Travelling with heart disease can be somewhat daunting. I have compiled some practical information for you to consider before and during your journey.
Before you travel:
Once you prepare for travel and consult your doctor it is usually safe for you to travel abroad with heart disease. After a heart attack or stroke you will have to wait 6-8 weeks before you travel.
- Firstly ensure that you have an up to date medication list. It is useful to have both the brand name and the generic name on your list. Pack your medications in your hand luggage in case your stowaway luggage goes astray and also if your flight is delayed after check in you have your medications with you for your next dose.
- Remember that the limit for carry on luggage liquids cannot exceed 100ml.
- If you have medications that are more than 100ml you will need prior approval from the airline and the airport.
- To be extra careful pack a spare supply of your medication and a copy of your prescription in your checked in luggage in case you mislay your hand luggage.
- Ensure that your health insurance is up to date and that you have declared all your past and present conditions are declared. Failure to do so could result in a claim being refused.
- Remember when travelling in Europe you can avail of the European Health Insurance Card. https://www2.hse.ie/services/ehic/ehic.html. This entitles you to free or reduced cost medical care.
Pacemaker or ICD:
- Bring your device identification card with you. When you are at the security check, advise the security staff that you have a device. Ask them if you can be checked by a handheld metal detector.
- If your device is managed remotely please advise your cardiac centre that you are heading away and for how long.
During your travel:
Assistance in the airport:
- If you ask your physiotherapist if you need airport assistance you will be able to get specific advice on your requirement for same. There is quite a distance to walk to your gate once checked in.
- Consider yourself – you may be quite anxious about the journey which will affect your energy level. Also there will be unexpected delays en route like standing in a queue which will also expend more energy for you. Airports are very busy and if you have not been exposed to this since your cardiac event it can be overwhelming which will also affect your energy levels. You are going on holiday to relax so it will take a lot of hassle off the outward journey if you book assistance. https://www.dublinairport.com/at-the-airport/help-and-support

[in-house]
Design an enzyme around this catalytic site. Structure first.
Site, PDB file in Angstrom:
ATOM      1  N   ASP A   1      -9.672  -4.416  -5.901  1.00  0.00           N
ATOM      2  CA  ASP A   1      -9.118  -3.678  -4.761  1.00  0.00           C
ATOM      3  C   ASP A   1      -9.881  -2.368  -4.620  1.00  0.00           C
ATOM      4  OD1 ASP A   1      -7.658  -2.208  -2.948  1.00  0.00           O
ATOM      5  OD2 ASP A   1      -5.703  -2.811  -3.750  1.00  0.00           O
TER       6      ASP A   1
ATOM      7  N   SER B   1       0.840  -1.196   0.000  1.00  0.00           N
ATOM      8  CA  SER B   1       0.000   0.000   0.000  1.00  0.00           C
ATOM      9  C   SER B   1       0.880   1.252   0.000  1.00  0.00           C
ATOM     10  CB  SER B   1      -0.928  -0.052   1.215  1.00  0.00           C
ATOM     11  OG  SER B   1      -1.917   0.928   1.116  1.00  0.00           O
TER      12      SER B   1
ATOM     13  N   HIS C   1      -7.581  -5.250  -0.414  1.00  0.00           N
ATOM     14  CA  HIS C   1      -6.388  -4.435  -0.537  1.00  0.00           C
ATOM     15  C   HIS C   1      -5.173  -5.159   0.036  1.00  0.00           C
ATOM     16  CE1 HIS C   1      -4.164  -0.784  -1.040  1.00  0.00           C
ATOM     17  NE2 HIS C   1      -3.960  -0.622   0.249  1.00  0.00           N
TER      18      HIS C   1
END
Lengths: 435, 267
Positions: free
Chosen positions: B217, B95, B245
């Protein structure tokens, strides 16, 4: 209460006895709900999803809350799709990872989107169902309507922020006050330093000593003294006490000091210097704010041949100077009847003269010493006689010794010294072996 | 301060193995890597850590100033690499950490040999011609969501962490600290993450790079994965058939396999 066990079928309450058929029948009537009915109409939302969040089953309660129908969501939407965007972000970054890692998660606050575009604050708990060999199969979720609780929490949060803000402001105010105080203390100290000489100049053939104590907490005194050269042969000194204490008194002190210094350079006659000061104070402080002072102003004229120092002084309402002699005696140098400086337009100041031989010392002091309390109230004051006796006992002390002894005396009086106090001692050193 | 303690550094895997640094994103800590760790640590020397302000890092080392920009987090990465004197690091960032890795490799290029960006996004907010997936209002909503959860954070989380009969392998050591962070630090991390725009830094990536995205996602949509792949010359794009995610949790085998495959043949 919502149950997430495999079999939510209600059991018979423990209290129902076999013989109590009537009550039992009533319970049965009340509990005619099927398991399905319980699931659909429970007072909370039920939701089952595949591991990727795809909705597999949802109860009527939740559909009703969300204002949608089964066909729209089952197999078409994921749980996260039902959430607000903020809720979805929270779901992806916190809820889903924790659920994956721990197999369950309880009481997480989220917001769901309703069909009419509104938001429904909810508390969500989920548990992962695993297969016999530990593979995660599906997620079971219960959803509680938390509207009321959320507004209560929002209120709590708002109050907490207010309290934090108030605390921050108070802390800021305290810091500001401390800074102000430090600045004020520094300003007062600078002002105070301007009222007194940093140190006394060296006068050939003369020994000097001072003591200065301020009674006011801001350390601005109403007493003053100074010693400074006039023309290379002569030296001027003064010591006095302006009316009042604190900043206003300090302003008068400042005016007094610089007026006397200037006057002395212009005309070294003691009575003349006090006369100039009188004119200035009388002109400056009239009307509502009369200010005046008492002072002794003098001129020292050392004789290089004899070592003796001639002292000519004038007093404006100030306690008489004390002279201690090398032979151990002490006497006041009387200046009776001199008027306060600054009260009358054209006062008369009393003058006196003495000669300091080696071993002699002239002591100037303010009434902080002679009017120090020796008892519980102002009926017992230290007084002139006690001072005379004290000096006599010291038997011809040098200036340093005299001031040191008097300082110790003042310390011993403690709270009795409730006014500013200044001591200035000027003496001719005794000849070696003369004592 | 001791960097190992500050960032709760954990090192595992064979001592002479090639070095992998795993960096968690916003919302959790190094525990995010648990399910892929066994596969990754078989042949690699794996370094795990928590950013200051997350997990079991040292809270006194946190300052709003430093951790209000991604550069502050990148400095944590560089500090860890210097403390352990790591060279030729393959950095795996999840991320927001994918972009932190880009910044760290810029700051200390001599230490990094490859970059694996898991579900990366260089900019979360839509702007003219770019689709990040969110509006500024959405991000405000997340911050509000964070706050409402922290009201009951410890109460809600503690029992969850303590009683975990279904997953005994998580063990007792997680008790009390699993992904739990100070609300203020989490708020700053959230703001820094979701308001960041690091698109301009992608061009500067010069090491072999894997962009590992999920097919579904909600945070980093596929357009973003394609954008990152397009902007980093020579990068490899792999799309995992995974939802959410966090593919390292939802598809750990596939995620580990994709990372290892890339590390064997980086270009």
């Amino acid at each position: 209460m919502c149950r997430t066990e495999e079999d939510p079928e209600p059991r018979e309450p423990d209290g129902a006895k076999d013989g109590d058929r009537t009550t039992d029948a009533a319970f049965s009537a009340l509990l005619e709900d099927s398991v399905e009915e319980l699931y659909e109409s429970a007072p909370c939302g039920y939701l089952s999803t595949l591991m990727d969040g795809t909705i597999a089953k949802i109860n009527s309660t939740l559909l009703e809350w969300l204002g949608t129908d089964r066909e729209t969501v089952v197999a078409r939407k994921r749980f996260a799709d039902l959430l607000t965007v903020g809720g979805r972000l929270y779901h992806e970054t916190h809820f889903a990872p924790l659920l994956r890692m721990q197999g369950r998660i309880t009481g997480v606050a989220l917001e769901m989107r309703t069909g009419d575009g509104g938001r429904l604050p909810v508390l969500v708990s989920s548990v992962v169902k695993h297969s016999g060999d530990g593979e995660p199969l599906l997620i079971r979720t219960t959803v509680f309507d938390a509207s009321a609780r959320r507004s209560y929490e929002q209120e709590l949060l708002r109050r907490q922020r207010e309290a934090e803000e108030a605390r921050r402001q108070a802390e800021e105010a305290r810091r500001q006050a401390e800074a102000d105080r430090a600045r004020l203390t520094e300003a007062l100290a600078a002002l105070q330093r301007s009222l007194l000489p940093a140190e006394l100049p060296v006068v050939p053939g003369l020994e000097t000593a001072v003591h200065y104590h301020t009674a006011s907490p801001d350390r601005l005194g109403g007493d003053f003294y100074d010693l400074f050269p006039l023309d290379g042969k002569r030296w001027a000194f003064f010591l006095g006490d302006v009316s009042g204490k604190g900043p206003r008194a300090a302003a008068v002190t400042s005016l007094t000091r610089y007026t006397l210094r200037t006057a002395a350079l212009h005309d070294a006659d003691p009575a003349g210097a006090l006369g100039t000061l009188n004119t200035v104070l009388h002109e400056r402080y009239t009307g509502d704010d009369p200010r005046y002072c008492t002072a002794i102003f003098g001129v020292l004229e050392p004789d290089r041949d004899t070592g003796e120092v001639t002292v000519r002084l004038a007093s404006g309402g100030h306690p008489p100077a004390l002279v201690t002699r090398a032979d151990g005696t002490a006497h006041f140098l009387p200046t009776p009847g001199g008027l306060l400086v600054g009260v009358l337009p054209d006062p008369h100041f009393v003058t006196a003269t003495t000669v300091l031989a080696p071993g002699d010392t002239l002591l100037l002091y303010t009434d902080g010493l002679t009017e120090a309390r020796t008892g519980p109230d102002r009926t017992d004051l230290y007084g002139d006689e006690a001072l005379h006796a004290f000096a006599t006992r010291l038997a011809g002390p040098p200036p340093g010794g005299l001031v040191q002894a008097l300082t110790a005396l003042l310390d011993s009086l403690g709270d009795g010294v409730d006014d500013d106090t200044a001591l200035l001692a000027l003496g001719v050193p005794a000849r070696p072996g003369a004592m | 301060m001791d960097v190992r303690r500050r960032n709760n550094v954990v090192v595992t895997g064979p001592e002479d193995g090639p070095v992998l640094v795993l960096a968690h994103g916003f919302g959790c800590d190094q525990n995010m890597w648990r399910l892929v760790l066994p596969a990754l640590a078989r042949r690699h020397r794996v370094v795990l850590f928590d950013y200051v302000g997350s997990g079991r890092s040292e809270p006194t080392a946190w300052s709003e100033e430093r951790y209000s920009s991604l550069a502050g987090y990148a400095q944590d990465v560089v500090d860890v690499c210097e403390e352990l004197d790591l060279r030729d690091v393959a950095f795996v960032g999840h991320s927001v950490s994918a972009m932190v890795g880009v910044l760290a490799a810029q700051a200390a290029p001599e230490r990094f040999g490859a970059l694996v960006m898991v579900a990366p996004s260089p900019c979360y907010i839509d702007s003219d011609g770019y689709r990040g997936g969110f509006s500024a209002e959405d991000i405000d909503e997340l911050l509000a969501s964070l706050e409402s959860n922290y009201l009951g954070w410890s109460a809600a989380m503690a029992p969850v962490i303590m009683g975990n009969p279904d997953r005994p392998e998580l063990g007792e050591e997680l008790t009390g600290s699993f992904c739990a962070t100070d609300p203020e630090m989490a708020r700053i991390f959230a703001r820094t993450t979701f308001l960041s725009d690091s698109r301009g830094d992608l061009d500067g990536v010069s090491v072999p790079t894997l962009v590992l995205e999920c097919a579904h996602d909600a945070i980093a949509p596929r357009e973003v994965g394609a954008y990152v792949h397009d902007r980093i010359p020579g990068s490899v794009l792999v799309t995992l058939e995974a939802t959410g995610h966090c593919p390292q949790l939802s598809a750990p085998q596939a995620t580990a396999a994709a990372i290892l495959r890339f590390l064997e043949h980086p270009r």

- Consider those you are travelling with. While you might be anxious about the journey, You can be sure that your travel companions are extremely anxious that it will all go ok. Booking assistance can relieve this anxiety quite considerably.
Preventing DVTs (Deep Venous Thrombosis) or clots in your legs:
- It is advisable to wear flight socks if you are travelling with heart disease. Quite often I see that people are wearing ill-fitting flight socks. Your local pharmacist will be able to measure you for the correct size.
- Drink plenty of water.
- When you are on the flight it is advisable to get up and walk at regular intervals. Also while sitting in your seat you can perform ankle pumps – in sitting brings your toes up towards your face and then point them as far away from you as possible.
When you are there:
- Store your heart disease medication in a cool place
- Take a short walk of about 15 minutes the day you arrive.
- Remember to wear sunscreen and stay hydrated. Avoid the midday sun. Remember if you have had surgery you will need to put complete sunblock on the scar. Wear a hat that has SPF protection.
- Remember if you are at an altitude of over 2000 metres the oxygen levels in the air are reduced so this will affect your angina and breathlessness.
- Ask your physiotherapist before you go what activities you are capable of. They will be able to perform an exercise test to advise you specifically.
- Remember this may be one of your goals in your rehabilitation journey – you have made it and don’t forget to enjoy it.
I don’t know where to start; the logistics of organising a trip is overwhelming!
I heard Jeni Ringland present at a meeting recently and think she is well positioned to help anyone with their travel plans who is compromised by their heart disease https://www.travelcounsellors.ie/jeni.ringland
Karen Cradock, Specialist Cardiac Physiotherapist, Heart 2 Heart Cardiac Physiotherapy, Kilcullen & Dublin